Migration can be defined as the long-range seasonal movement of organisms, often due to seasonal changes in temperature. It is an evolved, adapted response to variation in resource availability, and it is a common phenomenon found in all major groups of animals. Birds fly south for the winter to get to warmer climates with sufficient food, and salmon migrate to their spawning grounds. The popular 2005 documentary March of the Penguins followed the 62-mile migration of emperor penguins through Antarctica to bring food back to their breeding site and to their young. Wildebeests (Figure 31.1) migrate over 1800 miles each year in search of new grasslands.One of the negative impacts of climate change is the forced changes upon animals’ migration patterns.
Although migration is thought of as innate behavior, only some migrating species always migrate (obligate migration). Animals that exhibit facultative migration can choose to migrate or not. Additionally, in some animals, only a portion of the population migrates, whereas the rest does not migrate (incomplete migration). For example, owls that live in the tundra may migrate in years when their food source, small rodents, is relatively scarce, but not migrate during the years when rodents are plentiful.
KQED: Flyways: The Migratory Routes of Birds
For thousands of years and countless generations, migratory birds have flown the same long-distance paths between their breeding and feeding grounds. Understanding the routes these birds take, called flyways, helps conservation efforts and gives scientists better knowledge of global changes, both natural and man-made.
View this video which discusses flyways and how biologists track the migratory patterns of birds.
Migration in humans
Early Hominin Migrations
Which of the following were influences of the migration of early hominins? Select all that apply.
A. Gene flow between different hominin populations
B. Enhanced skills such as toolmaking
C. Reduced resistance to disease
D. Species’ expansion from Eurasia to Africa
Controversies Surrounding the Peopling of the Americas
Based on this new evidence, scientists now agree that the Americas were first settled by a pre-Clovis population. How they arrived, when they arrived, what movements they made, and in what order they made them are major archaeological questions today. What we can conclude is that human populations continued to migrate after peopling the Americas.
Temperature and habitat
Temperature affects the physiology of organisms as well as the density and state of water. Temperature exerts an important influence on living things because few living things can survive at temperatures below 0 °C (32 °F) due to metabolic constraints. It is also rare for living things to survive at temperatures exceeding 45 °C (113 °F); this is a reflection of evolutionary response to typical temperatures near the Earth’s surface. Enzymes are most efficient within a narrow and specific range of temperatures; enzyme degradation can occur at higher temperatures. Therefore, organisms either must maintain an internal temperature or they must inhabit an environment that will keep the body within a temperature range that supports metabolism. Some animals have adapted to enable their bodies to survive significant temperature fluctuations, such as seen in hibernation or reptilian torpor. Similarly, some Archaea bacteria have evolved to tolerate extremely hot temperatures such as those found in the geysers within Yellowstone National Park. Such bacteria are examples of extremophiles: organisms that thrive in extreme environments.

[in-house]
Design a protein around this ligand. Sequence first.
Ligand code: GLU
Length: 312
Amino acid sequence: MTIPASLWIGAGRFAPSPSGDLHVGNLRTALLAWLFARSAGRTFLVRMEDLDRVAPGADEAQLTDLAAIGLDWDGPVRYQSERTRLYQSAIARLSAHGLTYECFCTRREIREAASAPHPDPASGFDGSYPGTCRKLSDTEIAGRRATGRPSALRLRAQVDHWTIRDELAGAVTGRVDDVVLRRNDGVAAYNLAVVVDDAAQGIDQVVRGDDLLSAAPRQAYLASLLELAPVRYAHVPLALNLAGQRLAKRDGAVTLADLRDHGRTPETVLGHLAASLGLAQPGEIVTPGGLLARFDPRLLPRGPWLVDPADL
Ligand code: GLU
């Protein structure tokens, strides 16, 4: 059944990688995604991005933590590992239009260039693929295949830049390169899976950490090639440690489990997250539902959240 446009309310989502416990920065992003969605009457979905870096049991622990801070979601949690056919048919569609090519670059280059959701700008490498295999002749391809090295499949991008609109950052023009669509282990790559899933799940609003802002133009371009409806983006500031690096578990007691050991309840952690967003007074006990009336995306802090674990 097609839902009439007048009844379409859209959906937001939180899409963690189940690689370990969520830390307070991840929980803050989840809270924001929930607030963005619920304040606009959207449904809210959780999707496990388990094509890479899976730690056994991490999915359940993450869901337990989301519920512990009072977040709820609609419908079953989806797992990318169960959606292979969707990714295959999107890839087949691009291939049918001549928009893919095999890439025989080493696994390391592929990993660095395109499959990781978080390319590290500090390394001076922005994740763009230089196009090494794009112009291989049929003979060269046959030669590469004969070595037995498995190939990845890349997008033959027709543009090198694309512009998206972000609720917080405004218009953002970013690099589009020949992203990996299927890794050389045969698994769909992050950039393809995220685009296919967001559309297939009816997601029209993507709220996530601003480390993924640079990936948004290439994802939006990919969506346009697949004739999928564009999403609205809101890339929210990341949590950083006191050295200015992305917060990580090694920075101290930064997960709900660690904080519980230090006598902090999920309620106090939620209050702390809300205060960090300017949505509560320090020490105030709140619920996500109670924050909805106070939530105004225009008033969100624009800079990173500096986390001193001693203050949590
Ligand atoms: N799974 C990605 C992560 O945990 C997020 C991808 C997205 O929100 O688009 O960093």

The temperature (of both water and air) can limit the distribution of living things. Animals faced with temperature fluctuations may respond with adaptations, such as migration, in order to survive. Migration, the regular movement from one place to another, is an adaptation found in many animals, including many that inhabit seasonally cold climates. Migration solves problems related to temperature, locating food, and finding a mate. For example, the Arctic Tern (Sterna paradisaea) makes a 40,000 km (24,000 mi) round-trip flight each year between its feeding grounds in the southern hemisphere and its breeding grounds in the Arctic Ocean. Monarch butterflies (Danaus plexippus) live in the eastern and western United States in the warmer months, where they build up enormous populations, and migrate to areas around Michoacan, Mexico as well as areas along the Pacific Coast, and the southern United States in the wintertime. Some species of mammals also make migratory forays. Reindeer (Rangifer tarandus) travel about 5,000 km (3,100 mi) each year to find food. Amphibians and reptiles are more limited in their distribution because they generally lack migratory ability. Not all animals that could migrate do so: migration carries risk and comes at a high-energy cost.
Some animals hibernate or estivate to survive hostile temperatures. Hibernation enables animals to survive cold conditions, and estivation allows animals to survive the hostile conditions of a hot, dry climate. Animals that hibernate or estivate enter a state known as torpor: a condition in which their metabolic rate is significantly lowered. This enables the animal to wait until its environment better supports its survival. Some amphibians, such as the wood frog (Rana sylvatica), have an antifreeze-like chemical in their cells, which retains the cells’ integrity and prevents them from freezing and bursting.
Is the following statement true or false?
Q: Some species have narrow distribution because they are able to easily migrate.
Climate change and effects on migration behaviors